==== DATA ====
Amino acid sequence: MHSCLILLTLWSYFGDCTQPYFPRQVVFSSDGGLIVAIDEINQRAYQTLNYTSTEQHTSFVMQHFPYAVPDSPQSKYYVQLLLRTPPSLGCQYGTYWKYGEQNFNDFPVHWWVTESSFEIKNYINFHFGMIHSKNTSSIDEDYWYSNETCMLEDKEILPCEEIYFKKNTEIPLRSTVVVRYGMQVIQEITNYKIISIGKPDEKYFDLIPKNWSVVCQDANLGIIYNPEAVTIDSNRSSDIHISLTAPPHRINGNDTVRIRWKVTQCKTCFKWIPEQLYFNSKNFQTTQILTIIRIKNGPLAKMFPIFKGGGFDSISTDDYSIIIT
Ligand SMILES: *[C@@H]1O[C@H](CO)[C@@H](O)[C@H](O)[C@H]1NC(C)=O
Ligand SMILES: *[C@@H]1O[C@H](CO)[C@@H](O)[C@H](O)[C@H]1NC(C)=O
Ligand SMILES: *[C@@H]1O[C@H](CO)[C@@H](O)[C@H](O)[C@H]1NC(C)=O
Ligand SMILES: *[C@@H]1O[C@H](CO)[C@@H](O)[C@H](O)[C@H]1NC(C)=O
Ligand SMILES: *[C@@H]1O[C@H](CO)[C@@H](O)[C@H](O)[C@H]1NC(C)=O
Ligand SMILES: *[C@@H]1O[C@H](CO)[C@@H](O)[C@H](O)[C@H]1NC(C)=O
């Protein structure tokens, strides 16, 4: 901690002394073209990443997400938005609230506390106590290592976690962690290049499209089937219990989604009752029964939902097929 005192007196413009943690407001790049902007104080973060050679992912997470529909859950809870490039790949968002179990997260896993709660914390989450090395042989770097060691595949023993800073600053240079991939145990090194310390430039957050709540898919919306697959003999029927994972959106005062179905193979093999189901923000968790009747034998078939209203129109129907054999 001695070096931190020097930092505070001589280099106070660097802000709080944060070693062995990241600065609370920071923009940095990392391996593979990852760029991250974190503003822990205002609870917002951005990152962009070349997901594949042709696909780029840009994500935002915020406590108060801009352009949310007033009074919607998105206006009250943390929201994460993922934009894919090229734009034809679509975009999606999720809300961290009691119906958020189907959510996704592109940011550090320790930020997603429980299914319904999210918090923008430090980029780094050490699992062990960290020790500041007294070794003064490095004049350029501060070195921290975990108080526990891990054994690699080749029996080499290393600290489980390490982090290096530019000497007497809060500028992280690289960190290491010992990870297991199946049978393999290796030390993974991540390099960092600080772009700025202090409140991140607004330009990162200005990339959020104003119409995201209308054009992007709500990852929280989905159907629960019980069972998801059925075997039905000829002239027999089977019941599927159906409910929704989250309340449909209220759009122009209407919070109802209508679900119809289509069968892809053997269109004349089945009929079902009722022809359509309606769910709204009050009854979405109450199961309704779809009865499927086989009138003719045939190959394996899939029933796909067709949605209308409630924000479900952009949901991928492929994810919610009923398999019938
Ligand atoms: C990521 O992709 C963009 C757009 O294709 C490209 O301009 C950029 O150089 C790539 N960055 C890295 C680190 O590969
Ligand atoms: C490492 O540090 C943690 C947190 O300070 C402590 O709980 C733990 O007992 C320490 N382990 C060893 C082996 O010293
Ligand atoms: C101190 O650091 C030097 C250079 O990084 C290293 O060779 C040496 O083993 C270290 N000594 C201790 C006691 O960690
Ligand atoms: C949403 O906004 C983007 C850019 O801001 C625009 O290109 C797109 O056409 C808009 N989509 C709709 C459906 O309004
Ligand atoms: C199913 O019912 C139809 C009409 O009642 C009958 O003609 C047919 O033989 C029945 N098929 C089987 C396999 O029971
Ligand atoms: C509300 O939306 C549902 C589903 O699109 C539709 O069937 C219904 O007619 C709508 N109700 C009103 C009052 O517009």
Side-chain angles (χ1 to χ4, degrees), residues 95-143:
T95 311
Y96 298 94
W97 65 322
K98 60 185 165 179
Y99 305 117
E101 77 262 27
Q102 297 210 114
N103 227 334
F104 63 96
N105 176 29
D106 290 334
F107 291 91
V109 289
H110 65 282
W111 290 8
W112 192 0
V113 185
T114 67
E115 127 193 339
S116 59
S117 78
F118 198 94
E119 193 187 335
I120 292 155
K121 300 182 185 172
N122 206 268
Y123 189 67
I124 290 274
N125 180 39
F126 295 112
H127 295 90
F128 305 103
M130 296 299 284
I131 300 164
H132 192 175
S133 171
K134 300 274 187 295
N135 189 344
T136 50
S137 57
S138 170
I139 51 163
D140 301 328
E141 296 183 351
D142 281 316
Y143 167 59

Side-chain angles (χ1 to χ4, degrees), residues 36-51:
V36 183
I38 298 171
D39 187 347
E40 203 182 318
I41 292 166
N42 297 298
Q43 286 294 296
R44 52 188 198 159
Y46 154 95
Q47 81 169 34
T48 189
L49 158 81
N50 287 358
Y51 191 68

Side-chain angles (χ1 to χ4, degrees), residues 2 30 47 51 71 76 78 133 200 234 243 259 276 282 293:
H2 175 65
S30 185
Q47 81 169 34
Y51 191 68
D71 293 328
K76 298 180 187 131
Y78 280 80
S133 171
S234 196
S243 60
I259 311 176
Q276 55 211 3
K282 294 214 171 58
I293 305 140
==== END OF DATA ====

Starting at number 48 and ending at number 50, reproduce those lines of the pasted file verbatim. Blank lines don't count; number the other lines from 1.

M130 296 299 284
I131 300 164
H132 192 175